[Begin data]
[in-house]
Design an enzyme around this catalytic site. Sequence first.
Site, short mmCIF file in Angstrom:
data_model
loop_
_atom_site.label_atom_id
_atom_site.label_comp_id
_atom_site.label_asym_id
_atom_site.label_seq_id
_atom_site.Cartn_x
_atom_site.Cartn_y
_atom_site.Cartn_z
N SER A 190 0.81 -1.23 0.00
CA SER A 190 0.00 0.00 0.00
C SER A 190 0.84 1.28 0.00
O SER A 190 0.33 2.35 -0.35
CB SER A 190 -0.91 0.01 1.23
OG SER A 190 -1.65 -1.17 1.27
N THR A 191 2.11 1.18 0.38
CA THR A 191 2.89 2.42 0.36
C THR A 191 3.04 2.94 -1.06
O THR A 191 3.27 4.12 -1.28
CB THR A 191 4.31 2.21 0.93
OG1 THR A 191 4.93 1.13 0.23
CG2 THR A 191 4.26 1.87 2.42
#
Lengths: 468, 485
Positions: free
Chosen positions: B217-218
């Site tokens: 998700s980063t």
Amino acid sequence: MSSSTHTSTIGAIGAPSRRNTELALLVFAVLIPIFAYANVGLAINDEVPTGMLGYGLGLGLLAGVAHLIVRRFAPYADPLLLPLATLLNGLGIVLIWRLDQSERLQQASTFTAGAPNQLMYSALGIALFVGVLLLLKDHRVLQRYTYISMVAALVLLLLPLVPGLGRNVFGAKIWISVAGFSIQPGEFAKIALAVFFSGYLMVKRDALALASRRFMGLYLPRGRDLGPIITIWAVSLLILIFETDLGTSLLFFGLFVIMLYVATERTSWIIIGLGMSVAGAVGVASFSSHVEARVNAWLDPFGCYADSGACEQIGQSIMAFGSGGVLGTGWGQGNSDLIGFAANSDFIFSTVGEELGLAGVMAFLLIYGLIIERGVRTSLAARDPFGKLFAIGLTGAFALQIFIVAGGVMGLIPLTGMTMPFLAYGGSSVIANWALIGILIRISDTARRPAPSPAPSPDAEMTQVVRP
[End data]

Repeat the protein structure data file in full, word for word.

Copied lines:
[in-house]
Design an enzyme around this catalytic site. Sequence first.
Site, short mmCIF file in Angstrom:
data_model
loop_
_atom_site.label_atom_id
_atom_site.label_comp_id
_atom_site.label_asym_id
_atom_site.label_seq_id
_atom_site.Cartn_x
_atom_site.Cartn_y
_atom_site.Cartn_z
N SER A 190 0.81 -1.23 0.00
CA SER A 190 0.00 0.00 0.00
C SER A 190 0.84 1.28 0.00
O SER A 190 0.33 2.35 -0.35
CB SER A 190 -0.91 0.01 1.23
OG SER A 190 -1.65 -1.17 1.27
N THR A 191 2.11 1.18 0.38
CA THR A 191 2.89 2.42 0.36
C THR A 191 3.04 2.94 -1.06
O THR A 191 3.27 4.12 -1.28
CB THR A 191 4.31 2.21 0.93
OG1 THR A 191 4.93 1.13 0.23
CG2 THR A 191 4.26 1.87 2.42
#
Lengths: 468, 485
Positions: free
Chosen positions: B217-218
């Site tokens: 998700s980063t």
Amino acid sequence: MSSSTHTSTIGAIGAPSRRNTELALLVFAVLIPIFAYANVGLAINDEVPTGMLGYGLGLGLLAGVAHLIVRRFAPYADPLLLPLATLLNGLGIVLIWRLDQSERLQQASTFTAGAPNQLMYSALGIALFVGVLLLLKDHRVLQRYTYISMVAALVLLLLPLVPGLGRNVFGAKIWISVAGFSIQPGEFAKIALAVFFSGYLMVKRDALALASRRFMGLYLPRGRDLGPIITIWAVSLLILIFETDLGTSLLFFGLFVIMLYVATERTSWIIIGLGMSVAGAVGVASFSSHVEARVNAWLDPFGCYADSGACEQIGQSIMAFGSGGVLGTGWGQGNSDLIGFAANSDFIFSTVGEELGLAGVMAFLLIYGLIIERGVRTSLAARDPFGKLFAIGLTGAFALQIFIVAGGVMGLIPLTGMTMPFLAYGGSSVIANWALIGILIRISDTARRPAPSPAPSPDAEMTQVVRP